The prediction of clinical drug-drug interactions (DDIs) due to mechanism-based inhibitors of CYP3A is complicated when the inhibitor itself is metabolized by CYP3A, as in the case of clarithromycin. Previous attempts to predict the effects of clarithromycin on CYP3A substrates, e.g., midazolam, failed to account for nonlinear metabolism of clarithromycin. A semiphysiologically based pharmacokinetic model was developed for clarithromycin and midazolam metabolism, incorporating hepatic and intestinal metabolism by CYP3A and non-CYP3A mechanisms. CYP3A inactivation by clarithromycin occurred at both sites.KI and kinact values for clarithromycin obtained from in vitro sources were unable to accurately predict the clinical effect of clarithromycin on CYP3A activity. An iterative approach determined the optimum values to predict in vivo effects of clarithromycin on midazolam to be 5.3μMfor Ki and 0.4 and 4 h-1 for kinact in the liver and intestines, respectively. The incorporation of CYP3A-dependent metabolism of clarithromycin enabled prediction of its nonlinear pharmacokinetics. The predicted 2.6-fold change in intravenous midazolam area under the plasma concentration-time curve (AUC) after 500 mg of clarithromycin orally twice daily was consistent with clinical observations. Although the mean predicted 5.3-fold change in the AUC of oral midazolam was lower than mean observed values, it was within the range of observations. Intestinal CYP3A activity was less sensitive to changes inKI, kinact, and CYP3A half-life than hepatic CYP3A. This semiphysiologically based pharmacokinetic model incorporating CYP3A inactivation in the intestine and liver accurately predicts the nonlinear pharmacokinetics of clarithromycin and the DDI observed between clarithromycin and midazolam. Furthermore, this model framework can be applied to other mechanism-based inhibitors.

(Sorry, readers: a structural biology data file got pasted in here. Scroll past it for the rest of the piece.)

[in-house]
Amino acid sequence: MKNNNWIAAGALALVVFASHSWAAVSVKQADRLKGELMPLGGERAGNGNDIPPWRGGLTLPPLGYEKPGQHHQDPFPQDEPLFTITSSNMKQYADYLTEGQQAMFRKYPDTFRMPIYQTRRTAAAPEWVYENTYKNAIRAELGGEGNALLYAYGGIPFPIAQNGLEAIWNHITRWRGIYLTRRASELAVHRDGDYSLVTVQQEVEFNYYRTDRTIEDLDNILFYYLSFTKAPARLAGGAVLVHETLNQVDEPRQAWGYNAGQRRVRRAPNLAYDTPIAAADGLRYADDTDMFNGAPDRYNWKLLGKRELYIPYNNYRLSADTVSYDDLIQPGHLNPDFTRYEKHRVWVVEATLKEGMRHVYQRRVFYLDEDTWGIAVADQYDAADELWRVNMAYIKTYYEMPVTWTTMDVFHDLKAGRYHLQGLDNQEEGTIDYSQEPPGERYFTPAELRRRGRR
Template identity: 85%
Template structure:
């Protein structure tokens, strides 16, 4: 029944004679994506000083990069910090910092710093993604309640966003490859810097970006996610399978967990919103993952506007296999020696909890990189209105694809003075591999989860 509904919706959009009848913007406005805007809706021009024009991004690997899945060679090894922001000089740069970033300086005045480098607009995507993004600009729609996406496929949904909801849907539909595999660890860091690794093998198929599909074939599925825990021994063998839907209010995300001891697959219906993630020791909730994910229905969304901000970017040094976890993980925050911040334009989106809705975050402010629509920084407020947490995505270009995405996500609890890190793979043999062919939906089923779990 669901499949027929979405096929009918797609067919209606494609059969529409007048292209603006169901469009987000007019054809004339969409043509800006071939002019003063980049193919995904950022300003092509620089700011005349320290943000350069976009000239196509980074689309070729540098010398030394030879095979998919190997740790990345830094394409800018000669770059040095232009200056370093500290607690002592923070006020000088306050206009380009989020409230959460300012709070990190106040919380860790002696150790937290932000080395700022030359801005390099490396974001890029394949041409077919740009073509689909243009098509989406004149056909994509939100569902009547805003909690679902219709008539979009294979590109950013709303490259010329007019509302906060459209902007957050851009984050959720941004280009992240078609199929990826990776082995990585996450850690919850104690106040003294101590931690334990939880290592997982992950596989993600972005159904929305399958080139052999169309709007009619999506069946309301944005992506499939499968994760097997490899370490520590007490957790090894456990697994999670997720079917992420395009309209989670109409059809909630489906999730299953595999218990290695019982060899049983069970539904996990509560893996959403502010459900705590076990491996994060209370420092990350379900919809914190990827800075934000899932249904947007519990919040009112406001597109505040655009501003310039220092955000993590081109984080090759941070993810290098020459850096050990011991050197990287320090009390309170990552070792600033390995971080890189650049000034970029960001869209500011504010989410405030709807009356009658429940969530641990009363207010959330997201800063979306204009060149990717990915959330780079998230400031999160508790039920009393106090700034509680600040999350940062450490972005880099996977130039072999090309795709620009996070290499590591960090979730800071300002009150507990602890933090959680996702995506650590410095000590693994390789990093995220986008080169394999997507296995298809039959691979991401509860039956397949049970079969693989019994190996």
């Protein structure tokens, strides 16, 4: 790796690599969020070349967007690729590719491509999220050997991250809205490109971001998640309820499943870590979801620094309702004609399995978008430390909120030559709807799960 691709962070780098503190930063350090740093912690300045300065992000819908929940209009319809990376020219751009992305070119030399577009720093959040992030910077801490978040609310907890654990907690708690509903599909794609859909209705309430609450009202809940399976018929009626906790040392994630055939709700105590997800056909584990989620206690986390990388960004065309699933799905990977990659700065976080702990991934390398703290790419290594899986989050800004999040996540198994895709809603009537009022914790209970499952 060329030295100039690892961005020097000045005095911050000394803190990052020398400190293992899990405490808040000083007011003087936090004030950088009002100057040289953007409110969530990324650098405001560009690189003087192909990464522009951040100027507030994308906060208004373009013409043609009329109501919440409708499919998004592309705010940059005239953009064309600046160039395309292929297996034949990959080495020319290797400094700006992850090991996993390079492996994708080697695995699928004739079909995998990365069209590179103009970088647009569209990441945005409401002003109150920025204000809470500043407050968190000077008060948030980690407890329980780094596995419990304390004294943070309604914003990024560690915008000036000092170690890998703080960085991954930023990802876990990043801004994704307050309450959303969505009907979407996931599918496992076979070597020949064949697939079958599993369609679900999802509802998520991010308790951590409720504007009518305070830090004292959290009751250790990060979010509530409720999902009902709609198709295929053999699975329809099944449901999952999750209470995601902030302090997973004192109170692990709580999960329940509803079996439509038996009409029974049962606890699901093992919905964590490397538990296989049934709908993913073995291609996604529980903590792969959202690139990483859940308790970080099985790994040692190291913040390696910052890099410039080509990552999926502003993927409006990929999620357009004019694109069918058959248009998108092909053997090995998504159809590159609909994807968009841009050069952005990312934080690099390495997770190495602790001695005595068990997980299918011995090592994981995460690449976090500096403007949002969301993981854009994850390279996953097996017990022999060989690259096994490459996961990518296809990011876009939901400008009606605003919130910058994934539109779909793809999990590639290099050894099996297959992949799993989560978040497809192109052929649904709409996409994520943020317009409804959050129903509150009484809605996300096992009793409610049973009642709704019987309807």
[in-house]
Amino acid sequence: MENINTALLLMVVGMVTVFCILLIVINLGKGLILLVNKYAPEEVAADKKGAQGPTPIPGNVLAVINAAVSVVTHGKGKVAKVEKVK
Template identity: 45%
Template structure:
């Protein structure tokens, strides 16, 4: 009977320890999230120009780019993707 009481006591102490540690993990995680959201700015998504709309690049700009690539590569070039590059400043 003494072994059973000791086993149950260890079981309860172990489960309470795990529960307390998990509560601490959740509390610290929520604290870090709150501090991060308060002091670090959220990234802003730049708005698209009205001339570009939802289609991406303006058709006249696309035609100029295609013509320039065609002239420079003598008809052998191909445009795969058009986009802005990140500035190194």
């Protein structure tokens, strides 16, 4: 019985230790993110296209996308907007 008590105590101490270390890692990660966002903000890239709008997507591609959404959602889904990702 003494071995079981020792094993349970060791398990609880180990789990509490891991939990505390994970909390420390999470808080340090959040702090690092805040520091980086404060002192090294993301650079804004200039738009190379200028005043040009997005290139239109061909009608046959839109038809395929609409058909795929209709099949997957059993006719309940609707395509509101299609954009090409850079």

ASJC Scopus subject areas
- Pharmaceutical Science